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I was trying to add a new path to my bashrc file but I have seemed to messed something up. after I $ source ~/.bashrc I no longer can use the commands ls, mv, cp, cat, vi, and probably others that I haven't tried yet. Is there anyway I can reset the path so it all comes back?

[rn1041@cluster ~]$ ls
-bash: ls: No such file or directory
[rn1041@cluster ~]$ rm
-bash: rm: No such file or directory
[rn1041@cluster ~]$ cp
-bash: cp: No such file or directory
[rn1041@cluster ~]$ mv
-bash: mv: No such file or directory
[rn1041@cluster ~]$ echo path
path
3

Most commonly used commands (including the ones you tried) are in /bin, so you can run them by typing /bin/ls, etc.

P.S. What you meant to do is echo "$PATH".

  • ... and it will report "no command_you_are_searching_for in ()", because it also searches in PATH. – G-Man Mar 18 '16 at 19:52
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Here is an original, untouched ~/.bashrc from CentOS 6.

# .bashrc

# User specific aliases and functions

alias rm='rm -i'
alias cp='cp -i'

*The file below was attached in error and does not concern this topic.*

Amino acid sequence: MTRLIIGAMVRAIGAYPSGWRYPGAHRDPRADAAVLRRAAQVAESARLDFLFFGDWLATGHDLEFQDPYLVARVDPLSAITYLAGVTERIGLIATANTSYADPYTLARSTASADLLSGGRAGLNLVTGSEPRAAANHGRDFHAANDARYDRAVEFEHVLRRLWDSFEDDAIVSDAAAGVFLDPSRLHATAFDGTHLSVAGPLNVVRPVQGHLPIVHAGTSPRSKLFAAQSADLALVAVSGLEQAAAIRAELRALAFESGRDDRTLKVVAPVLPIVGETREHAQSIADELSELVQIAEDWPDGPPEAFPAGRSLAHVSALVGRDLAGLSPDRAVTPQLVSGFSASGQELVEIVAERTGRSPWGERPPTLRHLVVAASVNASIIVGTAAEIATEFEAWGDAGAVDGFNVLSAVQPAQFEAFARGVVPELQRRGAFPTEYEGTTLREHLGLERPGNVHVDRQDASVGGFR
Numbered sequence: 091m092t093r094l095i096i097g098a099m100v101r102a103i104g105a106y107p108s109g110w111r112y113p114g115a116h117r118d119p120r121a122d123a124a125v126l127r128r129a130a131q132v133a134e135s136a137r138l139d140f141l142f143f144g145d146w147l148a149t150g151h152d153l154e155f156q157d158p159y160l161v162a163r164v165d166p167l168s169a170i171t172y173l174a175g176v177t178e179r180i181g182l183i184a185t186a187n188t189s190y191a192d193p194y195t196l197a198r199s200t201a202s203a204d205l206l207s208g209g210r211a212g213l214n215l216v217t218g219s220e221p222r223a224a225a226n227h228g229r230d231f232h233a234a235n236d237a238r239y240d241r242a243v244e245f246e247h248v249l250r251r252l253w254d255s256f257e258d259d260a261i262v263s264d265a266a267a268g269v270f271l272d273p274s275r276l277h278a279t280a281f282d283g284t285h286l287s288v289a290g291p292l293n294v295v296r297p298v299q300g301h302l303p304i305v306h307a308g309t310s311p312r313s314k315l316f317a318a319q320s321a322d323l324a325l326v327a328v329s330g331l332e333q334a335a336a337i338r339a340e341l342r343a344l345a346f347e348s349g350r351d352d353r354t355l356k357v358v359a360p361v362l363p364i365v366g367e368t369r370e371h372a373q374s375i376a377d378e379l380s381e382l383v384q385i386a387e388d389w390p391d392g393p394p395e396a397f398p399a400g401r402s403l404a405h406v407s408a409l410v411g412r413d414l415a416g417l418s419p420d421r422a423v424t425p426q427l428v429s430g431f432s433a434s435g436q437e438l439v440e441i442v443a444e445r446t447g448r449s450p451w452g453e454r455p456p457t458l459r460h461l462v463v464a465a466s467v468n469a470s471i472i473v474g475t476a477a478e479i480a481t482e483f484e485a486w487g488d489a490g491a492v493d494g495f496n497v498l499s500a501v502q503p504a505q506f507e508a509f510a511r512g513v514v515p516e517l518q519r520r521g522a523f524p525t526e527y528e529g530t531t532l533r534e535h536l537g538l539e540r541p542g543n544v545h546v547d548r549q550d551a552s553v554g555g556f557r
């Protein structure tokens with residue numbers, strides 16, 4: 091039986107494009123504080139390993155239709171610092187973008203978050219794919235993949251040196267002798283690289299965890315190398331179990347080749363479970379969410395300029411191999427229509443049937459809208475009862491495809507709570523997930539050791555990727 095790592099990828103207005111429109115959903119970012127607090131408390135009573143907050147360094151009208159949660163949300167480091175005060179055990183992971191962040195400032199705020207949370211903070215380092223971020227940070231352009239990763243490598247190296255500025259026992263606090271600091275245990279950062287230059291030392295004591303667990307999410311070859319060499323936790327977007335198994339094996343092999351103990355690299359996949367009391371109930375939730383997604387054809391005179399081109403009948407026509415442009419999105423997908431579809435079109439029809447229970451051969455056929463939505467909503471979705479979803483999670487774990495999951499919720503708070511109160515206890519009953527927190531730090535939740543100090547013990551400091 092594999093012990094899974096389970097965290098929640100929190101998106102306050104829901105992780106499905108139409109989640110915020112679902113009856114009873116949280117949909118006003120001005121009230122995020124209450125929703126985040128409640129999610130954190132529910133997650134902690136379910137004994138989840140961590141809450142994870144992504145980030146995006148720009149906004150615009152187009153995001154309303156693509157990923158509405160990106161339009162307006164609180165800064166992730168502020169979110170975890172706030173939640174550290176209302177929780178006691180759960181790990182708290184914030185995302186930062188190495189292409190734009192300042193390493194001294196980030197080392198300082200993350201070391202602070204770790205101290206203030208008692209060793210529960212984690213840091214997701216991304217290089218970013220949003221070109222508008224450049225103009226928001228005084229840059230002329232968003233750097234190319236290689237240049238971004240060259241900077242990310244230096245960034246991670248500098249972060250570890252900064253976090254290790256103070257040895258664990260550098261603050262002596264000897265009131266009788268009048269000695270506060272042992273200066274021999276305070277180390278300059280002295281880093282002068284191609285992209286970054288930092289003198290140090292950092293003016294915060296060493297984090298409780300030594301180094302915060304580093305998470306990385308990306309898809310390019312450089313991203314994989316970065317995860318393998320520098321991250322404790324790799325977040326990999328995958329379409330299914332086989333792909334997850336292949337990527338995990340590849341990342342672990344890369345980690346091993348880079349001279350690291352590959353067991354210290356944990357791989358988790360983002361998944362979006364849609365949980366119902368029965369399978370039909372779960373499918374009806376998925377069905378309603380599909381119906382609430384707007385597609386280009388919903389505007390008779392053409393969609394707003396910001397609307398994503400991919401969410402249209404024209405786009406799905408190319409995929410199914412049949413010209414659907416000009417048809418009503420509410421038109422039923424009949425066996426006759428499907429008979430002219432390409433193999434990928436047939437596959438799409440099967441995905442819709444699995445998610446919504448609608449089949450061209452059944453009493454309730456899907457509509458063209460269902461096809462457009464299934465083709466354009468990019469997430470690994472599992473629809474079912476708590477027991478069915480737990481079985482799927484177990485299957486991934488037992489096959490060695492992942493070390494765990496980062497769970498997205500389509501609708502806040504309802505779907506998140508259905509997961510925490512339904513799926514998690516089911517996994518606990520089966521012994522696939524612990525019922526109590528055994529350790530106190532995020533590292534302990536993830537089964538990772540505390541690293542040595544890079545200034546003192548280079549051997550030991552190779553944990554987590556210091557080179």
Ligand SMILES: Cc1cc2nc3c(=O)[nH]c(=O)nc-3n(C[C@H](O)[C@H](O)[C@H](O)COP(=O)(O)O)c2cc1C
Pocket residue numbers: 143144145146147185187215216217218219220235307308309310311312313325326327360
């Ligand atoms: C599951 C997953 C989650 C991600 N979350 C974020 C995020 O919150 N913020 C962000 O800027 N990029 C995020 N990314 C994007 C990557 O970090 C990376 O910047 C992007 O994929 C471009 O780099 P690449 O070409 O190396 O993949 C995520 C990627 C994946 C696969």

alias mv='mv -i'

# Source global definitions
if [ -f /etc/bashrc ]; then
        . /etc/bashrc
fi

You probably meant to do something like this:

export PATH=$PATH:your/path/here
  • And what he probably did instead was, export PATH=/your/path/here. By the way, it's advisable to quote variable assignments when using export. – Wildcard Mar 18 '16 at 6:26
  • It's advisable to quote all references to shell variables (unless you have a good reason not to, and you’re sure you know what you’re doing).  P.S. As a special case, it's unnecessary for simple assignments, like FOO=$BAR, but it doesn't hurt, and it's better for a beginner to get into the habit of always doing it. – G-Man Mar 18 '16 at 19:57
  • P.S. Another common mistake is export PATH=PATH:/your/path/here. – G-Man Feb 16 '17 at 19:13

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